One of our goals as Marxists has been to produce a knowledge of capitalism. Yet as “that which is known,” Capitalism has become the intimate enemy. We have uncloaked the ideologically-clothed, obscure monster, but we have installed a naked and visible monster in its place. In return for our labors of creation, the monster has robbed us of all force. We hear – and find it easy to believe – that the left is in disarray. Part of what produces the disarray of the left is the vision of what the left is arrayed against. When capitalism is represented as a unified system coextensive with the nation or even the world, when it is portrayed as crowding out all other economic forms, when it is allowed to define entire societies, it becomes something that can only be defeated and replaced by a mass collective movement (or by a process of systemic dissolution that such a movement might assist). The revolutionary task of replacing capitalism now seems outmoded and unrealistic, yet we do not seem to have an alternative conception of class transformation to take its place. The old political economic “systems” and “structures” that call forth a vision of revolution as systemic replacement still seem to be dominant in the Marxist political imagination. The New World Order is often represented as political fragmentation founded upon economic unification. In this vision the economy appears as the last stronghold of unity and singularity in a world of diversity and plurality. But why can’t the economy be fragmented too? If we theorized it as fragmented in the United States, we could being to see a huge state sector (incorporating a variety of forms of appropriation of surplus labor), a very large sector of self-employed and family-based producers (most noncapitalist), a huge household sector (again, quite various in terms of forms of exploitation, with some households moving towards communal or collective appropriation and others operating in a traditional mode in which one adult appropriates surplus labor from another). None of these things is easy to see. If capitalism takes up the available social space, there’s no room for anything else. If capitalism cannot coexist, there’s no possibility of anything else. If capitalism functions as a unity, it cannot be partially or locally replaced. My intent is to help create the discursive conception under which socialist or other noncapitalist construction becomes “realistic” present activity rather than a ludicrous or utopian goal. To achieve this I must smash Capitalism and see it in a thousand pieces. I must make its unity a fantasy, visible as a denial of diversity and change.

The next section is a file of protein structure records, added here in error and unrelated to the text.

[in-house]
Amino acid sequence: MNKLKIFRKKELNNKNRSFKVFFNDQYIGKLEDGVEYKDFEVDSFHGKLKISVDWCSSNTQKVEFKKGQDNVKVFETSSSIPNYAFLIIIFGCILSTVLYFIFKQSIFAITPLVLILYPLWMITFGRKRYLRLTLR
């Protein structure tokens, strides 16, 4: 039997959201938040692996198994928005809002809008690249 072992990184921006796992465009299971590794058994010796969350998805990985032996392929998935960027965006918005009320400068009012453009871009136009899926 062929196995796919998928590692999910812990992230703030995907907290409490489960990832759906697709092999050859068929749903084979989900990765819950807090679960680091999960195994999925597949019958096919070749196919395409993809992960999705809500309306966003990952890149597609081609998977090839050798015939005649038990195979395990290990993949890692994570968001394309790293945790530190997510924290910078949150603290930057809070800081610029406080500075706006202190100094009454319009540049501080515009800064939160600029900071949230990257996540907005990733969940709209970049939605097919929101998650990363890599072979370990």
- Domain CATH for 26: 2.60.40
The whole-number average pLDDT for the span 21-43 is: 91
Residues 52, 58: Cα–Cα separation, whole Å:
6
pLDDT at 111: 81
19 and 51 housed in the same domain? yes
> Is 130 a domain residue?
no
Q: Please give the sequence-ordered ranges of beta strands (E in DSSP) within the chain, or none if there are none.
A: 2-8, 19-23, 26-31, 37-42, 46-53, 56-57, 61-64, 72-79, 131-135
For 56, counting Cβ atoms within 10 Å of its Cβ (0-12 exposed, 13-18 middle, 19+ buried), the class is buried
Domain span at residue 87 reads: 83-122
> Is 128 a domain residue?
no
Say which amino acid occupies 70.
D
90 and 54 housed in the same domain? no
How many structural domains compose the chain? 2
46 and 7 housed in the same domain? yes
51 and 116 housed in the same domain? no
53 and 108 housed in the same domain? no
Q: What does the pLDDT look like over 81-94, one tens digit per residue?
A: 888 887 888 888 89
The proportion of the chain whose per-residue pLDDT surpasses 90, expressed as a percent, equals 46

Alt Fails – Transition Wars

And, capitalist elites will resist, causing global war

Harris, Atlanta Writer, in ‘2 [Lee, Policy Review, December, p3(13) The intellectual origins of America-Bashing]
This is the immiserization thesis of Marx. And it is central to revolutionary Marxism, since if capitalism produces no widespread misery, then it also produces no fatal internal contradiction: If everyone is getting better off through capitalism, who will dream of struggling to overthrow it? Only genuine misery on the part of the workers would be sufficient to overturn the whole apparatus of the capitalist state, simply because, as Marx insisted, the capitalist class could not be realistically expected to relinquish control of the state apparatus and, with it, the monopoly of force. In this, Marx was absolutely correct. No capitalist society has ever willingly liquidated itself, and it is utopian to think that any ever will. Therefore, in order to achieve the goal of socialism, nothing short of a complete revolution would do; and this means, in point of fact, a full-fledged civil war not just within one society, but across the globe.